Topic Resources

Tools Used
Initiated By
  • Commuter Connections
  • Canadian Climate Change Action Fund (CCAF)
  • Universities and Colleges across Canada
  • 4000 individuals enrolled in active carpools by the end of the second year of the program

Multi-University Rideshare Project

The University Rideshare Project provides universities and colleges across Canada with the information, training, tools and encouragement needed to easily set up their own car pooling programs, free of charge.


A rideshare program is an organized effort to bring commuters together to form carpools. In 2000, Commuter Connections obtained funding from the Canadian Climate Change Action Fund (CCAF) to implement rideshare programs at 14 Canadian universities. The amount of funding offered by CCAF determined the number of universities that could participate. Commuter Connections selected participants based on needs assessment surveys sent to 80 different institutions (see "Getting Informed").

Setting Objectives

The objective was to increase the number of active carpools.

Getting Informed

Commuter Connections sent a needs assessment survey to 80 universities across the country to determine which schools were most needy and best suited to take part in the project. The surveys identified the following:

  • the schools demographics
  • the availability of carpool parking and associated costs
  • parking policies
  • commuting patterns
  • the level of interest and commitment the school showed with respect to implementing a rideshare program.

Delivering the Program

The project was implemented at the participating universities in September 2000 and ran until April of 2001. Each university was asked to appoint one to three rideshare coordinators to manage the program at their school. These coordinators were most often members of the parking department, but in some cases a student or student group was chosen to manage the program - the choice was left up to the school. The rideshare coordinators served as the local contact people, working with Commuter Connections to market and promote the program. They were also responsible for distributing carpool parking passes and other incentives, where applicable.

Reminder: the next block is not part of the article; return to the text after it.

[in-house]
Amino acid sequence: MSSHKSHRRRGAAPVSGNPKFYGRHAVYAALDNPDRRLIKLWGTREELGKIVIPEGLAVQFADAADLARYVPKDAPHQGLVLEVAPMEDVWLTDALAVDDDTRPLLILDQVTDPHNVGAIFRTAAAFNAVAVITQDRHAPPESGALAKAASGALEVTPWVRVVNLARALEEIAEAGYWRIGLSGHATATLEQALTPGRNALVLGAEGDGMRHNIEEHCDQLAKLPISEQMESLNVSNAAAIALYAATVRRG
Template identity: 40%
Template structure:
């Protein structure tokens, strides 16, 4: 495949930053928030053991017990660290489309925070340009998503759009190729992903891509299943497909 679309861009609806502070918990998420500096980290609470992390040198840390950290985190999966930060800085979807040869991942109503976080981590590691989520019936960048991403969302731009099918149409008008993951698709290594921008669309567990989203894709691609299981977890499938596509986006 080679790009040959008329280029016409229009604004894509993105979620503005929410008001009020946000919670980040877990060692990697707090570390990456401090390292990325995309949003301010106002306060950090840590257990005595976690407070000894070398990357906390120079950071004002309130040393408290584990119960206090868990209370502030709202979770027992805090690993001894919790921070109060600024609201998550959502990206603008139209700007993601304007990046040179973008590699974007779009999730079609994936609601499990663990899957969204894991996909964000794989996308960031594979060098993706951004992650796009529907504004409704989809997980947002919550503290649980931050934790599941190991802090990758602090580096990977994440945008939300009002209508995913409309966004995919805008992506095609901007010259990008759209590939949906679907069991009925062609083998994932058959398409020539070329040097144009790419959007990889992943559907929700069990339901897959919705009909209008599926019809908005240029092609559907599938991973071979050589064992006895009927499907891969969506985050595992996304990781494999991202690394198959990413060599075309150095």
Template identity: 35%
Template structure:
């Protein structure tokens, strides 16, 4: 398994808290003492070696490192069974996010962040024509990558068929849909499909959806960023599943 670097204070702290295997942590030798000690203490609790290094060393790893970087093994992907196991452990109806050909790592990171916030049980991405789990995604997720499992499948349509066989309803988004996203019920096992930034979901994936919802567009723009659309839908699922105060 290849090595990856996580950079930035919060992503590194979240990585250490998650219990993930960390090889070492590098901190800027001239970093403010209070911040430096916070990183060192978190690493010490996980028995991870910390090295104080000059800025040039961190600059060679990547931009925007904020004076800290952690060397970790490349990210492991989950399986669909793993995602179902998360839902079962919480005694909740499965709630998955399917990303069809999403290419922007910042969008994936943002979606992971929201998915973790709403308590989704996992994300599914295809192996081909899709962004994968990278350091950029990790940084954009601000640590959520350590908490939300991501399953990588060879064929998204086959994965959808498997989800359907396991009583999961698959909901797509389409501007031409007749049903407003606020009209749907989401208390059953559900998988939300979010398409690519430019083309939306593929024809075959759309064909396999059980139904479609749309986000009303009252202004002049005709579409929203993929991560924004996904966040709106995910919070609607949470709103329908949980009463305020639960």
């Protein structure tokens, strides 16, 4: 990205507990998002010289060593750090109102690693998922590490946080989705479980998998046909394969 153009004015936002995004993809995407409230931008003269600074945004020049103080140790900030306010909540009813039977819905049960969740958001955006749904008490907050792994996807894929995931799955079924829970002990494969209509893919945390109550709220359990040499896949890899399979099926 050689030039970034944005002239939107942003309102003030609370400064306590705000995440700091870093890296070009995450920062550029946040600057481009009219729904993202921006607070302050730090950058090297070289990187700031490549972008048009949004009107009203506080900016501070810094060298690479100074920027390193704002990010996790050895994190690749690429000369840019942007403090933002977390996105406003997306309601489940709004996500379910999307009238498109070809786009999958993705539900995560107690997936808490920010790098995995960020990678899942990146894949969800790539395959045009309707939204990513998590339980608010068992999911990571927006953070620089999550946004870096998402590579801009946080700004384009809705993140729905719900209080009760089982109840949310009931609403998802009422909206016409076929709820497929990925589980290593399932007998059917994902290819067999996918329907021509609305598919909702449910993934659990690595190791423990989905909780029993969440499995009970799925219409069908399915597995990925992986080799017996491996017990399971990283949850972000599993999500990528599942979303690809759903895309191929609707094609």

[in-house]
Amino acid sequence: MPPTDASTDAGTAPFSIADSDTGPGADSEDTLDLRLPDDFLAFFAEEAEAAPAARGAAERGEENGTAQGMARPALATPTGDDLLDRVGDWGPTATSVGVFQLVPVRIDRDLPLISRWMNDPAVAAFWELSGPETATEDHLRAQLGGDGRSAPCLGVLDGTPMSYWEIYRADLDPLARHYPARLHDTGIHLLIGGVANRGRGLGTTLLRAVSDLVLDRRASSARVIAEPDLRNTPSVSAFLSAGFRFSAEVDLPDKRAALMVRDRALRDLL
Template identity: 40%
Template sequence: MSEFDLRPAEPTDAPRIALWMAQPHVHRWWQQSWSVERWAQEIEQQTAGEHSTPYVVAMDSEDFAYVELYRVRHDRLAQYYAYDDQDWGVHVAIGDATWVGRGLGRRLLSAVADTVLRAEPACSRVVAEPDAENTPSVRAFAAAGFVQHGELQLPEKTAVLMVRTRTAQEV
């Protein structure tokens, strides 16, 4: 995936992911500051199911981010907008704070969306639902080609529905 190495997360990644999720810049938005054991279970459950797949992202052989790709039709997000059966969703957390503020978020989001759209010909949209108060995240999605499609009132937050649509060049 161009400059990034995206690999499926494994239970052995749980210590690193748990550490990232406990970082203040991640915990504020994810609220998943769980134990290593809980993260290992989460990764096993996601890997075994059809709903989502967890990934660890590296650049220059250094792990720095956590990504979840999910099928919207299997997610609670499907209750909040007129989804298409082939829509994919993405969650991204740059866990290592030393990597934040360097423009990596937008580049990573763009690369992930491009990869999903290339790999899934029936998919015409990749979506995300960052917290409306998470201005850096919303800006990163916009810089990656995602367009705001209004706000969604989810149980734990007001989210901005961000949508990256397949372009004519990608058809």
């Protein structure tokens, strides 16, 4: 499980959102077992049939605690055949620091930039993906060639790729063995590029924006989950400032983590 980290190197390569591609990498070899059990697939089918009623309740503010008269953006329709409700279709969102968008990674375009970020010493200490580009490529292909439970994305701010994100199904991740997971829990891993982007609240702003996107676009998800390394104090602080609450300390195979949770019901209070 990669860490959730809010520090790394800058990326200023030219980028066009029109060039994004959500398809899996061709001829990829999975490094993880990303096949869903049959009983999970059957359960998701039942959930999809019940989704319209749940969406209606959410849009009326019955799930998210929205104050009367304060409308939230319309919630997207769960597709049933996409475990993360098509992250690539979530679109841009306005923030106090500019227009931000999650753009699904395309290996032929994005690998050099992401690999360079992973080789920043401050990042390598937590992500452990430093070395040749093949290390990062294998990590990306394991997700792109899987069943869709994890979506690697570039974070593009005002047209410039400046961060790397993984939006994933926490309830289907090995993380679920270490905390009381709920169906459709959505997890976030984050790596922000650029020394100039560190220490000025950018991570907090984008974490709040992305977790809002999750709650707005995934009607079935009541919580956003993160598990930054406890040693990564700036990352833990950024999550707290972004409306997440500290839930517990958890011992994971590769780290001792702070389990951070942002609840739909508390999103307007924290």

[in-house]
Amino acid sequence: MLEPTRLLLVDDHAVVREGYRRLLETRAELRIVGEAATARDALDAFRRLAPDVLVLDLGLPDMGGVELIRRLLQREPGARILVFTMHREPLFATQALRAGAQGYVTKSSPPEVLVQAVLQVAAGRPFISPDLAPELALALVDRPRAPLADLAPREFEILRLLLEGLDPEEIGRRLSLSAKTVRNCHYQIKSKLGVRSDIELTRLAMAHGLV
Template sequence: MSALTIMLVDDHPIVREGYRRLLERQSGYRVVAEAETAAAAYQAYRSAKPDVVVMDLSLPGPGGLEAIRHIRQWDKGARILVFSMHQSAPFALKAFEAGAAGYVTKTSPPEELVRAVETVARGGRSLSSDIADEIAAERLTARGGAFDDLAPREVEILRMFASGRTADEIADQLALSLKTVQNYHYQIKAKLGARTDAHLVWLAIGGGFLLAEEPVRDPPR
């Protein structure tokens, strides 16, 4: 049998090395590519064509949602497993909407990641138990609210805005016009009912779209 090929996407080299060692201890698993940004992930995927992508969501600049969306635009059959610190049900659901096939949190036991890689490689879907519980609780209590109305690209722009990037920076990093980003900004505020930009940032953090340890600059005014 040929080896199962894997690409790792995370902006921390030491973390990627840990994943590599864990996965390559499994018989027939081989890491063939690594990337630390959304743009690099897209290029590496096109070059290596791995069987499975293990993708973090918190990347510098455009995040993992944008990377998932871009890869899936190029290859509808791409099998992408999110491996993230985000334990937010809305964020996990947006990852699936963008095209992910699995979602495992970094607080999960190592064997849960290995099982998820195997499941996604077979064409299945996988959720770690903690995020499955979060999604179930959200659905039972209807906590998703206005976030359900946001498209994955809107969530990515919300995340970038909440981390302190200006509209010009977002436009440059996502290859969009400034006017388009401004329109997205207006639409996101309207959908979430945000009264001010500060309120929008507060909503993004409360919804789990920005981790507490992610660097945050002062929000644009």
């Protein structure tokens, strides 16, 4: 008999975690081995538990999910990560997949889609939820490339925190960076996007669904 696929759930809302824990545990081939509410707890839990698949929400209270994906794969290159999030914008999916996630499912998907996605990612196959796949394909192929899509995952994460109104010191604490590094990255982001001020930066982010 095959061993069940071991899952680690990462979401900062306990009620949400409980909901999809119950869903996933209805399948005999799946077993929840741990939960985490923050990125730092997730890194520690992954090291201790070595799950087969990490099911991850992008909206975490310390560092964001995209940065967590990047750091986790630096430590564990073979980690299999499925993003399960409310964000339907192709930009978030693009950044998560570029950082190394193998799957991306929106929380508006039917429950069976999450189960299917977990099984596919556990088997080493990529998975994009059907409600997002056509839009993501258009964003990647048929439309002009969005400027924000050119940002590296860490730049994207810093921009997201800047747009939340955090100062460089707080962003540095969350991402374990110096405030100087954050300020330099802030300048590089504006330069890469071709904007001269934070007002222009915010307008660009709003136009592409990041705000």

Commuter Connections invited the rideshare coordinators to a workshop in June, 2000 where they received training in the following:

  • marketing and promotion
  • parking management and traffic demand strategies
  • the Internet database software Easy Rider, which was developed for the University Rideshare Project. Its website, provides 24-hour access to ridesharing information for commuters at each institution.

Commuter Connections, with the support of CCAF, supplied each university with posters, bookmarks and marketing tips to help promote their programs . Such slogans as Why Drive Yourself Crazy, When You Can Carpool?, If you Cant Stand the Heat- Get Into a Carpool, and Carpool and Save! addressed the key reasons for ridesharing: the frustration of gridlock and not being able to find parking, climate change, and peoples desire to save money (Building Motivation Over Time; Financial Incentives; Vivid, Personalized Communications).

The universities promoted their rideshare programs using one or a combination of the following (Mass Media):

  • articles in campus newspapers
  • ongoing dates in faculty/staff newsletters
  • posters distributed across campus
  • emails to parking permit holders with information about ridesharing
  • bookmarks handed out or distributed in pay-stub envelopes or other mailings
  • promotional give-aways (e.g. coffee mugs with the website and slogans on them which also strengthened Norm Appeals)

The posters and bookmarks advertised the website and used slogans and cartoons to draw attention to the program and its purpose.

Easy Rider, a key component of the project, helped potential carpoolers connect with others to form regular carpools or to occasionally share rides. By logging on to the website, students and faculty could register to participate in the program. The website required registrants to enter basic information about their ridesharing needs, including:

  • their phone number
  • email address
  • home address
  • commuting destination
  • travel distance
  • arrival and departure times
  • whether they smoked, or preferred to only travel with one gender
  • whether they wished to drive or ride
  • additional comments

To protect people's privacy, only the person's first name and last initial, preferences and either email or phone number were released to other potential carpoolers. After people had registered on the website, they gained access to the names and contact information of others with matching, or similar, ridesharing needs.